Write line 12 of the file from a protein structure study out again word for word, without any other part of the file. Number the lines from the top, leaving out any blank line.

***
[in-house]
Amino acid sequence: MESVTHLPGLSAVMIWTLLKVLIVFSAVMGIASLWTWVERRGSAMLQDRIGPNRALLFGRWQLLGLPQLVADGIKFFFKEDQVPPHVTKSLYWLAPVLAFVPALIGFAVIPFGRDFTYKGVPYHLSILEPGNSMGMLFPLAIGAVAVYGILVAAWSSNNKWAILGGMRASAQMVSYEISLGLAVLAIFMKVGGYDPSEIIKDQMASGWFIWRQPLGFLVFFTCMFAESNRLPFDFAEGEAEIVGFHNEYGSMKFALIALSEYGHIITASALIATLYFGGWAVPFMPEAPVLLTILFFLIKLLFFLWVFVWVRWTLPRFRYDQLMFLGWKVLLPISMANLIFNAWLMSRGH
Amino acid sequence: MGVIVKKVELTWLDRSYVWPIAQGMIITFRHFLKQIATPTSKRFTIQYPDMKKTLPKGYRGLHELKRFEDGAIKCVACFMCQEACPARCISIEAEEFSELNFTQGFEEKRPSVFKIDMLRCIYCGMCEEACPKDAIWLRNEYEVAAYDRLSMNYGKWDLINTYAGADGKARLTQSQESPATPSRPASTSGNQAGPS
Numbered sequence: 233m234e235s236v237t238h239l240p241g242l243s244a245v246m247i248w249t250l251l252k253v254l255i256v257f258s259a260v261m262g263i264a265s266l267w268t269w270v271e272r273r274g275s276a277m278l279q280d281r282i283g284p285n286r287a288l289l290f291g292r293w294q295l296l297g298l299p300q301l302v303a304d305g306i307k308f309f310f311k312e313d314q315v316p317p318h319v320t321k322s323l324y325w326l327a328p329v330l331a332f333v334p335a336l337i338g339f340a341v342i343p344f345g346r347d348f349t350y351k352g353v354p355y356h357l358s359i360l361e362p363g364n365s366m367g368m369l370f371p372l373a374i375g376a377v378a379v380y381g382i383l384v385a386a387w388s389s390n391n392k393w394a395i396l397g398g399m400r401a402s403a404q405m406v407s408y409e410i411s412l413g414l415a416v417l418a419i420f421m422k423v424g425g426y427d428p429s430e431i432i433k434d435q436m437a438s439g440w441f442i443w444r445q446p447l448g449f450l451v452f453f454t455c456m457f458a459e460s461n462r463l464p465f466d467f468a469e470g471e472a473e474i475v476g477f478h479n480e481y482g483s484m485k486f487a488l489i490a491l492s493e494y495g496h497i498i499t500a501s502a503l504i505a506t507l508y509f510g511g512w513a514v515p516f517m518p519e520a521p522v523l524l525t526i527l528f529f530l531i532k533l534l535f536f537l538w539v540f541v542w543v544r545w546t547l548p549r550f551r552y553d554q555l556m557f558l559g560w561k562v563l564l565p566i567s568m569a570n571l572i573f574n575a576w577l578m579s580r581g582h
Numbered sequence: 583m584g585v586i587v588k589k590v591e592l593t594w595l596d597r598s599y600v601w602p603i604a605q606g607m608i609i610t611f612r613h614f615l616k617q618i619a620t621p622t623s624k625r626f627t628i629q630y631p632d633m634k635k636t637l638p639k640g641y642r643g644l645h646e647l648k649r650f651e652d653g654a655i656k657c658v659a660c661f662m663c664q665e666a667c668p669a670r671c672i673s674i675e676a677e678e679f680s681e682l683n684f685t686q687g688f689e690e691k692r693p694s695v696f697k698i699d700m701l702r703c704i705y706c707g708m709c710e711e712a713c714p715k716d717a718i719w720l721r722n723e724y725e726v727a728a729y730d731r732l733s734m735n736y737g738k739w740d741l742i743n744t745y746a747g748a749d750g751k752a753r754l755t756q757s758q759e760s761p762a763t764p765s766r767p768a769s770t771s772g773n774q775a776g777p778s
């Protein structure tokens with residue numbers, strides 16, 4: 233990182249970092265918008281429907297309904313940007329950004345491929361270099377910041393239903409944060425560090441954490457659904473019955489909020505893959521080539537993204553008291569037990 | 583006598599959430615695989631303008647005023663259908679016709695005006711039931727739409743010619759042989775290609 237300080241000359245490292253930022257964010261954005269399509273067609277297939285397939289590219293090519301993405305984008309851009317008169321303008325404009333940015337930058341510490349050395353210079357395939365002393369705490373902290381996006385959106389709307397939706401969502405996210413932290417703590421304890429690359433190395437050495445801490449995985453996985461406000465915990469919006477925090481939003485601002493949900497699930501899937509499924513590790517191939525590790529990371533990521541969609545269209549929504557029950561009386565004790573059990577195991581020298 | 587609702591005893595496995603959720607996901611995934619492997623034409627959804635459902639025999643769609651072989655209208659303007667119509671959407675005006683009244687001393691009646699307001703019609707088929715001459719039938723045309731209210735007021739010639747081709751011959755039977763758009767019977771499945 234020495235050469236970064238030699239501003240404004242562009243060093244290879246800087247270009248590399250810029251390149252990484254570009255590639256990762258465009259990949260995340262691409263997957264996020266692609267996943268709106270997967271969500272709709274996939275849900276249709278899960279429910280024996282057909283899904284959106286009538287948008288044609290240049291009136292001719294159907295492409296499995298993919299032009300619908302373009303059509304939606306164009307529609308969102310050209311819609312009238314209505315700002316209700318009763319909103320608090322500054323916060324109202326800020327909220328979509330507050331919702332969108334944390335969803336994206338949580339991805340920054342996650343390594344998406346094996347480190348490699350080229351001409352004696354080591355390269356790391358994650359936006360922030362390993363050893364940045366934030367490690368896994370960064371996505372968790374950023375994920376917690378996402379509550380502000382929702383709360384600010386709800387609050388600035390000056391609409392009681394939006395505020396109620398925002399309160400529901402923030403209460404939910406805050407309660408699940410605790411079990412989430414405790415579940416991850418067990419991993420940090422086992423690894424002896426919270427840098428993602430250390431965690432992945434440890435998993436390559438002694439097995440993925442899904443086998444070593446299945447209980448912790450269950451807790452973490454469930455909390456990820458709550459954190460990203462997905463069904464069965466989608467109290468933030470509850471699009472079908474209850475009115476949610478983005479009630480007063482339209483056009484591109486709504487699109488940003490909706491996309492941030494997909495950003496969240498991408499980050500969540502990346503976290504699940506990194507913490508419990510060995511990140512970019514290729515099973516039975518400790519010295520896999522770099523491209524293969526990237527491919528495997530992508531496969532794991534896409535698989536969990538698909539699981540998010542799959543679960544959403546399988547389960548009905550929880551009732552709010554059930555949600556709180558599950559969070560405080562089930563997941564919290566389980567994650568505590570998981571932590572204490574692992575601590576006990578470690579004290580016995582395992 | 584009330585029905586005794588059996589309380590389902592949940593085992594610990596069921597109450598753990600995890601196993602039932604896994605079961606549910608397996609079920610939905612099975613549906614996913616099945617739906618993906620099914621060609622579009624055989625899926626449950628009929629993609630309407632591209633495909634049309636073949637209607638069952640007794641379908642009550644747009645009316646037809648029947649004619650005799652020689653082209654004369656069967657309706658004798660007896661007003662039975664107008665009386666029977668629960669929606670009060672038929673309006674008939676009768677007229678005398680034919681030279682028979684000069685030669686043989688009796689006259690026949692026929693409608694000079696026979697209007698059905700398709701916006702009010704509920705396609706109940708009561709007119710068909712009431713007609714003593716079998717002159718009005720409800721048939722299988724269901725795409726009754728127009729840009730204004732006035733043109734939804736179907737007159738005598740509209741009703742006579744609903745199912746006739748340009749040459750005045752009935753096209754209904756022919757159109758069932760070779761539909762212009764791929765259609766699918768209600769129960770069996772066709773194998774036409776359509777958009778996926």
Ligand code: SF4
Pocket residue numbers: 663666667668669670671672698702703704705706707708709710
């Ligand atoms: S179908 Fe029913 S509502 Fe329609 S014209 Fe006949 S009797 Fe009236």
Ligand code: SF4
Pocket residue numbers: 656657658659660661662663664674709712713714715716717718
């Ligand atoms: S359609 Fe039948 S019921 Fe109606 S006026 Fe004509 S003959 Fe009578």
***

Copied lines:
């Ligand atoms: S359609 Fe039948 S019921 Fe109606 S006026 Fe004509 S003959 Fe009578």